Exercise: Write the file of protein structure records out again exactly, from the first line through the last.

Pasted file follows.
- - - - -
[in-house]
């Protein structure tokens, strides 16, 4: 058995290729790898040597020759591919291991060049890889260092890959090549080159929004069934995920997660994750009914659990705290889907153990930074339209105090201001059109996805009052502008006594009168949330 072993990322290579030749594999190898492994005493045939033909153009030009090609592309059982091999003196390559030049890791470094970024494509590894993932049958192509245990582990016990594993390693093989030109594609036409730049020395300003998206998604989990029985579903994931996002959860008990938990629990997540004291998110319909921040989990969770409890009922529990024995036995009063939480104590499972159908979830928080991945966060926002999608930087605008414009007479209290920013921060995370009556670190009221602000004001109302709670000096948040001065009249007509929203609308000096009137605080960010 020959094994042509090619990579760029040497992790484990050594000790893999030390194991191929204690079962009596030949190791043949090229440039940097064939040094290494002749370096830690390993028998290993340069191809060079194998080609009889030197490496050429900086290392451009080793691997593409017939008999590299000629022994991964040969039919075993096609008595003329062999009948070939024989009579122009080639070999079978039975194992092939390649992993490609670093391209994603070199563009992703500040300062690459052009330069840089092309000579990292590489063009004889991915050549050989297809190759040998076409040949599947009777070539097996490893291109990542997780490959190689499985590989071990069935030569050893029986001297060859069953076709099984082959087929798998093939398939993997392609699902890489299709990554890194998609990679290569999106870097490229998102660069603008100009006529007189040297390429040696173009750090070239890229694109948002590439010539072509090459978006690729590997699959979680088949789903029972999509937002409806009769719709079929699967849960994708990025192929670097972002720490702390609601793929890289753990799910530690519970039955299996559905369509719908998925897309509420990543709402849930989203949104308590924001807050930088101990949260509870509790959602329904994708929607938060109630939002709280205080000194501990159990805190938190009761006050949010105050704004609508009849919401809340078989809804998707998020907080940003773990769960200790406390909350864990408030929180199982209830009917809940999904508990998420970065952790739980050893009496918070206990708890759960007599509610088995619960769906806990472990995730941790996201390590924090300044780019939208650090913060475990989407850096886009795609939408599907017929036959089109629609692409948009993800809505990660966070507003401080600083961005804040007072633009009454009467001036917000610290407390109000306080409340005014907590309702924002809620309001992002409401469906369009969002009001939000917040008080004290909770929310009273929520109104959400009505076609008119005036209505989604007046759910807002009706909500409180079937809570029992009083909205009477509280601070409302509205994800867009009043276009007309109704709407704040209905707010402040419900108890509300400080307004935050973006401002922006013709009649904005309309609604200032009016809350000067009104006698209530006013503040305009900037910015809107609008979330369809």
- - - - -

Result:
[in-house]
């Protein structure tokens, strides 16, 4: 058995290729790898040597020759591919291991060049890889260092890959090549080159929004069934995920997660994750009914659990705290889907153990930074339209105090201001059109996805009052502008006594009168949330 072993990322290579030749594999190898492994005493045939033909153009030009090609592309059982091999003196390559030049890791470094970024494509590894993932049958192509245990582990016990594993390693093989030109594609036409730049020395300003998206998604989990029985579903994931996002959860008990938990629990997540004291998110319909921040989990969770409890009922529990024995036995009063939480104590499972159908979830928080991945966060926002999608930087605008414009007479209290920013921060995370009556670190009221602000004001109302709670000096948040001065009249007509929203609308000096009137605080960010 020959094994042509090619990579760029040497992790484990050594000790893999030390194991191929204690079962009596030949190791043949090229440039940097064939040094290494002749370096830690390993028998290993340069191809060079194998080609009889030197490496050429900086290392451009080793691997593409017939008999590299000629022994991964040969039919075993096609008595003329062999009948070939024989009579122009080639070999079978039975194992092939390649992993490609670093391209994603070199563009992703500040300062690459052009330069840089092309000579990292590489063009004889991915050549050989297809190759040998076409040949599947009777070539097996490893291109990542997780490959190689499985590989071990069935030569050893029986001297060859069953076709099984082959087929798998093939398939993997392609699902890489299709990554890194998609990679290569999106870097490229998102660069603008100009006529007189040297390429040696173009750090070239890229694109948002590439010539072509090459978006690729590997699959979680088949789903029972999509937002409806009769719709079929699967849960994708990025192929670097972002720490702390609601793929890289753990799910530690519970039955299996559905369509719908998925897309509420990543709402849930989203949104308590924001807050930088101990949260509870509790959602329904994708929607938060109630939002709280205080000194501990159990805190938190009761006050949010105050704004609508009849919401809340078989809804998707998020907080940003773990769960200790406390909350864990408030929180199982209830009917809940999904508990998420970065952790739980050893009496918070206990708890759960007599509610088995619960769906806990472990995730941790996201390590924090300044780019939208650090913060475990989407850096886009795609939408599907017929036959089109629609692409948009993800809505990660966070507003401080600083961005804040007072633009009454009467001036917000610290407390109000306080409340005014907590309702924002809620309001992002409401469906369009969002009001939000917040008080004290909770929310009273929520109104959400009505076609008119005036209505989604007046759910807002009706909500409180079937809570029992009083909205009477509280601070409302509205994800867009009043276009007309109704709407704040209905707010402040419900108890509300400080307004935050973006401002922006013709009649904005309309609604200032009016809350000067009104006698209530006013503040305009900037910015809107609008979330369809």